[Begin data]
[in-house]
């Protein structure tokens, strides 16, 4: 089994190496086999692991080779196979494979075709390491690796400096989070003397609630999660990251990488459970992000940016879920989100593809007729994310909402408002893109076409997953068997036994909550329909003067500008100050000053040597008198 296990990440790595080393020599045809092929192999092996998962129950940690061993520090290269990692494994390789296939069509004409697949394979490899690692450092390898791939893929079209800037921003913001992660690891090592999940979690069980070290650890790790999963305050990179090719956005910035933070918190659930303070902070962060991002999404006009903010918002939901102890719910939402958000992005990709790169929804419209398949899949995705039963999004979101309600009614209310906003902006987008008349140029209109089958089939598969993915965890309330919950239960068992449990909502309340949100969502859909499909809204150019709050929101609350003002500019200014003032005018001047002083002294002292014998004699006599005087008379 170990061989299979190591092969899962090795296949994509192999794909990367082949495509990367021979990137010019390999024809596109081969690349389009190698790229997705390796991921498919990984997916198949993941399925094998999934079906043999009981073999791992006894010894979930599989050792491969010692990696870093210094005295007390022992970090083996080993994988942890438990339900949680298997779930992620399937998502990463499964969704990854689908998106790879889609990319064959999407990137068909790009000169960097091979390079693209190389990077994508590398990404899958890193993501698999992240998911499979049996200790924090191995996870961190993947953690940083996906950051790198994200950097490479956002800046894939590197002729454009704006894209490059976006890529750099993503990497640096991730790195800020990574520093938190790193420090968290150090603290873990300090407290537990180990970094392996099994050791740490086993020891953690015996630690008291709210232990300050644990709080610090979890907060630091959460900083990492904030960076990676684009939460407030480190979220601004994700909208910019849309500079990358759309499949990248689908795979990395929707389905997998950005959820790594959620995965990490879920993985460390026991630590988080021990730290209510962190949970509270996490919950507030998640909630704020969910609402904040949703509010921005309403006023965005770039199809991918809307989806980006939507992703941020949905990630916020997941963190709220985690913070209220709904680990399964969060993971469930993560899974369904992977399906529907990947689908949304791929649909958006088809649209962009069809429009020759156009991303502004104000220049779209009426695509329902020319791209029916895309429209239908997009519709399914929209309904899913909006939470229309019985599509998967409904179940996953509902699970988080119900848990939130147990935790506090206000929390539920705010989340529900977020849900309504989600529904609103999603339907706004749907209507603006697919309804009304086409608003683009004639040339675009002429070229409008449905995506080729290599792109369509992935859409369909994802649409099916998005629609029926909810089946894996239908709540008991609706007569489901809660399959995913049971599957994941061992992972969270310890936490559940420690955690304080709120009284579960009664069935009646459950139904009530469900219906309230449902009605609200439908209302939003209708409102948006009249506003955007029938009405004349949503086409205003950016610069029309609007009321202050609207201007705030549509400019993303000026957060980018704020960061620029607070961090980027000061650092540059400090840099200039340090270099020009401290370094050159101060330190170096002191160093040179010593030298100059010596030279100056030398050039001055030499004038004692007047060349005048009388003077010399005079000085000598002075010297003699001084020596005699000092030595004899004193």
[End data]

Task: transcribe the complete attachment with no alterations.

[in-house]
């Protein structure tokens, strides 16, 4: 089994190496086999692991080779196979494979075709390491690796400096989070003397609630999660990251990488459970992000940016879920989100593809007729994310909402408002893109076409997953068997036994909550329909003067500008100050000053040597008198 296990990440790595080393020599045809092929192999092996998962129950940690061993520090290269990692494994390789296939069509004409697949394979490899690692450092390898791939893929079209800037921003913001992660690891090592999940979690069980070290650890790790999963305050990179090719956005910035933070918190659930303070902070962060991002999404006009903010918002939901102890719910939402958000992005990709790169929804419209398949899949995705039963999004979101309600009614209310906003902006987008008349140029209109089958089939598969993915965890309330919950239960068992449990909502309340949100969502859909499909809204150019709050929101609350003002500019200014003032005018001047002083002294002292014998004699006599005087008379 170990061989299979190591092969899962090795296949994509192999794909990367082949495509990367021979990137010019390999024809596109081969690349389009190698790229997705390796991921498919990984997916198949993941399925094998999934079906043999009981073999791992006894010894979930599989050792491969010692990696870093210094005295007390022992970090083996080993994988942890438990339900949680298997779930992620399937998502990463499964969704990854689908998106790879889609990319064959999407990137068909790009000169960097091979390079693209190389990077994508590398990404899958890193993501698999992240998911499979049996200790924090191995996870961190993947953690940083996906950051790198994200950097490479956002800046894939590197002729454009704006894209490059976006890529750099993503990497640096991730790195800020990574520093938190790193420090968290150090603290873990300090407290537990180990970094392996099994050791740490086993020891953690015996630690008291709210232990300050644990709080610090979890907060630091959460900083990492904030960076990676684009939460407030480190979220601004994700909208910019849309500079990358759309499949990248689908795979990395929707389905997998950005959820790594959620995965990490879920993985460390026991630590988080021990730290209510962190949970509270996490919950507030998640909630704020969910609402904040949703509010921005309403006023965005770039199809991918809307989806980006939507992703941020949905990630916020997941963190709220985690913070209220709904680990399964969060993971469930993560899974369904992977399906529907990947689908949304791929649909958006088809649209962009069809429009020759156009991303502004104000220049779209009426695509329902020319791209029916895309429209239908997009519709399914929209309904899913909006939470229309019985599509998967409904179940996953509902699970988080119900848990939130147990935790506090206000929390539920705010989340529900977020849900309504989600529904609103999603339907706004749907209507603006697919309804009304086409608003683009004639040339675009002429070229409008449905995506080729290599792109369509992935859409369909994802649409099916998005629609029926909810089946894996239908709540008991609706007569489901809660399959995913049971599957994941061992992972969270310890936490559940420690955690304080709120009284579960009664069935009646459950139904009530469900219906309230449902009605609200439908209302939003209708409102948006009249506003955007029938009405004349949503086409205003950016610069029309609007009321202050609207201007705030549509400019993303000026957060980018704020960061620029607070961090980027000061650092540059400090840099200039340090270099020009401290370094050159101060330190170096002191160093040179010593030298100059010596030279100056030398050039001055030499004038004692007047060349005048009388003077010399005079000085000598002075010297003699001084020596005699000092030595004899004193």